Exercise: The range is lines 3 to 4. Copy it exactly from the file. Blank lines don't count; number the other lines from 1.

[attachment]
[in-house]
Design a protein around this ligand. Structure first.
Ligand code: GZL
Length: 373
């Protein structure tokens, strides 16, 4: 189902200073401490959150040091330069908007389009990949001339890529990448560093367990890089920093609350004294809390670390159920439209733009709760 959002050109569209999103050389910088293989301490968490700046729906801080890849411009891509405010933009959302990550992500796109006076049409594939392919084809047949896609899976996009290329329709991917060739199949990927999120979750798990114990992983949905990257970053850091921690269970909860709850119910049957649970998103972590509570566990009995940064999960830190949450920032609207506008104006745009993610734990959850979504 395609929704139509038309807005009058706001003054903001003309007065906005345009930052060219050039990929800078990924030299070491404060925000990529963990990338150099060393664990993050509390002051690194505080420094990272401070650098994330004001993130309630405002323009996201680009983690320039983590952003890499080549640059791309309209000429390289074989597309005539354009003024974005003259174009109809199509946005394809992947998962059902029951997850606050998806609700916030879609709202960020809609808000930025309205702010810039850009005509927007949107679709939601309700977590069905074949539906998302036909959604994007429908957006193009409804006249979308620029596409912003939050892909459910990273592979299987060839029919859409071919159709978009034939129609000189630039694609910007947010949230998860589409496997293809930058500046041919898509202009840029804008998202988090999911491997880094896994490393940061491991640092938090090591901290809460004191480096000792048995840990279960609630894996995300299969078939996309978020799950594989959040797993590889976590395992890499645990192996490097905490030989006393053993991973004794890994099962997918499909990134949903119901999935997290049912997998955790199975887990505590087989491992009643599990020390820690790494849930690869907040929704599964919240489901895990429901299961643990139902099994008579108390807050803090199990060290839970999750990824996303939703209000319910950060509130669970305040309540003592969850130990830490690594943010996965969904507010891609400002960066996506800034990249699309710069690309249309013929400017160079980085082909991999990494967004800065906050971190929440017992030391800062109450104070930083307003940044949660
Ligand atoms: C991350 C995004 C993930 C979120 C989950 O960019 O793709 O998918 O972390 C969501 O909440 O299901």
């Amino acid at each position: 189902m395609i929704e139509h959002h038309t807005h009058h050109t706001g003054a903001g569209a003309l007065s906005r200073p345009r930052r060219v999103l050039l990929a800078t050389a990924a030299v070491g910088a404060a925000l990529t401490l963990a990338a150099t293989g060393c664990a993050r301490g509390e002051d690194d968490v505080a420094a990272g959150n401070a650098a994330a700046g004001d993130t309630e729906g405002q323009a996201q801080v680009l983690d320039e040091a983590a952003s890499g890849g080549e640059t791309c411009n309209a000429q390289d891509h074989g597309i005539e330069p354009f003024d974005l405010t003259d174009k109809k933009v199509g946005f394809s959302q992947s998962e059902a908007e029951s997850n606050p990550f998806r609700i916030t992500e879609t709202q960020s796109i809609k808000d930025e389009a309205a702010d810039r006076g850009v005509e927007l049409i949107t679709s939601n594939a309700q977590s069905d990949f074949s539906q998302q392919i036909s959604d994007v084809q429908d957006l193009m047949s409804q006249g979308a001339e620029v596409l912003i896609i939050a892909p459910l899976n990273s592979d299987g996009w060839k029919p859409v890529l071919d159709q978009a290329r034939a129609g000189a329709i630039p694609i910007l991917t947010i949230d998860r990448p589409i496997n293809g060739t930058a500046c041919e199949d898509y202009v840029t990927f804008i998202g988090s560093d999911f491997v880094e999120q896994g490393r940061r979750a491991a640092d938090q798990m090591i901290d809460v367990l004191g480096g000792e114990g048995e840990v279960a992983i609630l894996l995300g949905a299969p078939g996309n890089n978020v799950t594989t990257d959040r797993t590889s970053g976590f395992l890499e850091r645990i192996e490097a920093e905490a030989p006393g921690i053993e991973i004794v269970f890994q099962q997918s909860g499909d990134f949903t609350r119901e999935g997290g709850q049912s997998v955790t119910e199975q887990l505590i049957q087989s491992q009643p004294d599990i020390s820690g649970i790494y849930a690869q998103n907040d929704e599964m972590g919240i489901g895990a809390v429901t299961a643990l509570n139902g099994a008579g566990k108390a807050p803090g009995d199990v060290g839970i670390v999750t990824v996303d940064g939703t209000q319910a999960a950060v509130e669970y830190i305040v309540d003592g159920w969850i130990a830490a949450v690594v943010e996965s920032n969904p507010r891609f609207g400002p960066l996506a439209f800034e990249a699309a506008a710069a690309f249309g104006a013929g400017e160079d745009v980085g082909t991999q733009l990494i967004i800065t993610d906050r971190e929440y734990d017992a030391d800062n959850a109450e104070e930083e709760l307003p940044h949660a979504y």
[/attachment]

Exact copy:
Ligand code: GZL
Length: 373